Emily, Evan, Brooke, Ben, Rachael, Ryan Bradley, Keauna McLaughlin and Rockne Brubaker were taken to dinner at the Scioto Country Club. Emily said she sat with a second-grader and a fourth-grader, Katie and Emily Gold, who had raised over $6,000 for the cause, mostly through lemonade stand sales.

"If anything is inspiring, it's seeing such young philanthropists working so diligently and selflessly to give money away to a great cause," said Emily.

On the day of the show, the skaters attended a meet-and-greet session with kids who had raised money for the breast cancer cause in order to skate in the show.

"They were all so enthusiastic and actually very good skaters!" said Emily. "Some of them gave us flowers after our performance. While we were doing the practice before the show, they lined the front few rows of the rink and were extremely enthusiastic... especially about Ryan Bradley's backflips!"

Emily said the audience for the show itself was "supportive and excited and just happy to be there, enjoying great skating and helping such an amazing cause."

Backstage during the show, a "wheelbarrow" race broke out.

"There were two pillars in the room that we were using as our 'locker room,'" said Emily. "Rockne was the one pushing Evan and Ryan was pushing Keauna. They decided they would go in a giant oval, around both pillars, and see who went the fastest. In order for there to be unbiased judging, we set up two chairs with tape stretched between them at the start, then they'd go in a circle and whoever broke through the tape first would be the winner! Keauna and Ryan beat Evan and Rockne. Well, technically Keauna and Ryan broke through the tape first, but Evan and Rockne were definitely faster!"

After the show, Carolyn Bongirno organized a dinner at Buca di Beppo's for the headliners.

"If you've never eaten there, then you're definitely missing out," said Emily. "It's a family-style restaurant where you order a bunch of dishes that feed at least two or three people. Of course, the boys each eat as much as two or three people, so we ordered a lot! There was ravioli, spaghetti with meatballs, manicotti and stuffed shells, just to name a few.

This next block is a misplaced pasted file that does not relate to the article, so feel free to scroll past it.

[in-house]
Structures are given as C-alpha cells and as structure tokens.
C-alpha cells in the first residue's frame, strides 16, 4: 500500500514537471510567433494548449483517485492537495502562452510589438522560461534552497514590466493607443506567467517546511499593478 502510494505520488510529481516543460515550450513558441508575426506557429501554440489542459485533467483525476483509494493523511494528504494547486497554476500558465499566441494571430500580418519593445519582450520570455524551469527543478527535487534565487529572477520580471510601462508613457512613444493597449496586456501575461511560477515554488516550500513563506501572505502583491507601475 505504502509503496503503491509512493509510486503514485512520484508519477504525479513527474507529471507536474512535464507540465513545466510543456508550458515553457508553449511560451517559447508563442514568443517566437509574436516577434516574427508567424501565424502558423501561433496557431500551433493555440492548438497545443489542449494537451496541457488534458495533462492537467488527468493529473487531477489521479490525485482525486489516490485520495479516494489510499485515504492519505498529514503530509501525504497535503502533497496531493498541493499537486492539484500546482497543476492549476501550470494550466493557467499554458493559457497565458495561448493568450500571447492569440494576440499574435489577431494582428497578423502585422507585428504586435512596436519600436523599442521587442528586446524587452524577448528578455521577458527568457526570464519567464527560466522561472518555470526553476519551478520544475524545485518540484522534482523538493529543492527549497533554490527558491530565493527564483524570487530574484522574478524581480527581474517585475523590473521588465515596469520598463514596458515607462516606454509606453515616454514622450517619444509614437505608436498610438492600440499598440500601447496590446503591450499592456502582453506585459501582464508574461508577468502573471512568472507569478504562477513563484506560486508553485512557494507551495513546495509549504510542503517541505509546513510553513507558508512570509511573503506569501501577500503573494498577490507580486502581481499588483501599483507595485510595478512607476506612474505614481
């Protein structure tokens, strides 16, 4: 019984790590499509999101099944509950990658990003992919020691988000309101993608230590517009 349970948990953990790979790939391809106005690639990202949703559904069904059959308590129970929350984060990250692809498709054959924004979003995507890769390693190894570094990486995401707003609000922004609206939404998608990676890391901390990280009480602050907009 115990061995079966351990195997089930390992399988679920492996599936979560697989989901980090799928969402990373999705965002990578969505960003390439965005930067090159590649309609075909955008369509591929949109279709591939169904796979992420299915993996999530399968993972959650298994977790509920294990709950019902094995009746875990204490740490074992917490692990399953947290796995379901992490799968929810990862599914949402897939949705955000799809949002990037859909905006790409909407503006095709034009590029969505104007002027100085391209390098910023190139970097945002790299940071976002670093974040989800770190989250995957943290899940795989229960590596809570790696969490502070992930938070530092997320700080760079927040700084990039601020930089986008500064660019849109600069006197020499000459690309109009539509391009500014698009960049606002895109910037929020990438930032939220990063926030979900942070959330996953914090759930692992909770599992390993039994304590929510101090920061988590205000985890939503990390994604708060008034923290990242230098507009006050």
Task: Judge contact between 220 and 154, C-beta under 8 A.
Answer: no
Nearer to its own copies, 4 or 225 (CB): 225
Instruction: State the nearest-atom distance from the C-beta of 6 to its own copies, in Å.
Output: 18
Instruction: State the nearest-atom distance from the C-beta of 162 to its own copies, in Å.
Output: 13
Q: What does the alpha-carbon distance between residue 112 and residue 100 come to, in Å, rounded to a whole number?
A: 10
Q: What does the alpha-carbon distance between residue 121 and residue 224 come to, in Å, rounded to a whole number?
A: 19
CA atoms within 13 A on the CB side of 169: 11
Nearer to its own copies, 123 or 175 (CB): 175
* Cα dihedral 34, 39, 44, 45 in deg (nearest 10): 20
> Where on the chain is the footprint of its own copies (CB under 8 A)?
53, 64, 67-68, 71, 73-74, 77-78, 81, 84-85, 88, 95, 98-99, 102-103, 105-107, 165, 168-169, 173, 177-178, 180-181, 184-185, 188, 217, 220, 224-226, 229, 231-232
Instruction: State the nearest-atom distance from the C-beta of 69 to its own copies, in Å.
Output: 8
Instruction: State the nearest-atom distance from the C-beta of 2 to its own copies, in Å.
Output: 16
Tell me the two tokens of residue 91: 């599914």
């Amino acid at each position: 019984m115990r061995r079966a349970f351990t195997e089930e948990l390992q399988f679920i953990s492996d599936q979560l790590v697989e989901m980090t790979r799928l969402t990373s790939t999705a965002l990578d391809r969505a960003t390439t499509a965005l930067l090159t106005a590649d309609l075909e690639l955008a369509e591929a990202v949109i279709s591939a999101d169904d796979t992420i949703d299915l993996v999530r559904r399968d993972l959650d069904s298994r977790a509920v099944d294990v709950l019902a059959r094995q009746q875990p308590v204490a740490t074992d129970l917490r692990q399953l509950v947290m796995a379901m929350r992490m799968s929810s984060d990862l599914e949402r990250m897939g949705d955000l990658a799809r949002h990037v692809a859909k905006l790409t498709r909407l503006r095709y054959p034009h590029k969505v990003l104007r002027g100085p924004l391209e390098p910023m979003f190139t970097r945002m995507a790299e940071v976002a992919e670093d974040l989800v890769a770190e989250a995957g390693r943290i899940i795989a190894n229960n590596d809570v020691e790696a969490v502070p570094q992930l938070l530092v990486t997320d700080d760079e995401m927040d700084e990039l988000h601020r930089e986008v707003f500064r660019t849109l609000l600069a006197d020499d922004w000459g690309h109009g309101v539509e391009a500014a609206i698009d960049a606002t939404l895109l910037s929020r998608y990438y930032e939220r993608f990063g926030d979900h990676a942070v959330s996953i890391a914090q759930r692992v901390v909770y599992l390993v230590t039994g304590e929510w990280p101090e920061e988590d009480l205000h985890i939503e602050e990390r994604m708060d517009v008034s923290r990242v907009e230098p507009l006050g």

"Rockne's family was there too, since it was Rockne's birthday the next day, so we all celebrated that together. And yes, they did bring out a cake as we all sang 'Happy Birthday'!"

Emily finished with a heartfelt tribute to the organizer.

"She is passionate about the breast cancer cause, and it shows in everything she does -- from organizing transportation and meals for all us skaters to overseeing the set-up of the venue and still having the time to personally have conversations with every single member of the staff, volunteers and skaters.

"Overall, it was a great experience that I really hope I am privileged to participate in again next year. Many of us have been touched by those with breast cancer, so being able to give back through our performances at Skate for Hope meant the world to us."

On-ice drama
The second annual Theater on Ice National Championships took place in Chicago last week. Hundreds of skaters aged six to 60 took part in introductory, novice, junior, senior and adult teams. For the second year in a row, Imagica won the adult division, and we talked to Imagica team member Carolyn Evert after the competition. Since it's skating, there was, of course, some drama.

"On Thursday afternoon, we were in the dressing room getting our skates on when the lights went out!" Carolyn told us. "Then we smelled fumes. One team member said it smelled like a generator was on fire somewhere. So they got us all out and put us in the lobby, and there were rumors that there might have been a fire in the locker room. They shut down the power and an hour later the ice started melting! The word was that they might not be able to fix it for 48 hours, and the competition was on Friday and Saturday. So they sent us to another rink, but then they must have fixed it in the wee hours."

The competition went off as scheduled. In the other divisions, L.A. Ice Theater won the senior title, the Space Coast Hurricanes won the junior, HITS won novice, and the Houston Starz won the introductory division.

Carolyn also told us that next year, for the first time ever, there will be a world championships of Theater on Ice in Toulouse, France.

"Theater on Ice is very big in France, Russia and Spain," she said. "Teams are getting better, and it's great to have so many people getting involved. The top three teams from the U.S. will go to worlds, including the adults; this is the first time adults will be included in any kind of world championship."

Imagica is in its 13th year as a team.

"It's a lot of fun and we're all like family," said Carolyn. "It doesn't matter if you've been skating since the age of two or 42, you'll be accepted. We do a lot of comedy, and it's a great feeling to know you've brought joy to people. I've been competing since I was 12 and it's made me love skating even more. We have a really good time."

Have a happy Fourth of July, everyone!

Sarah and Drew
sarahanddrewblog@gmail.com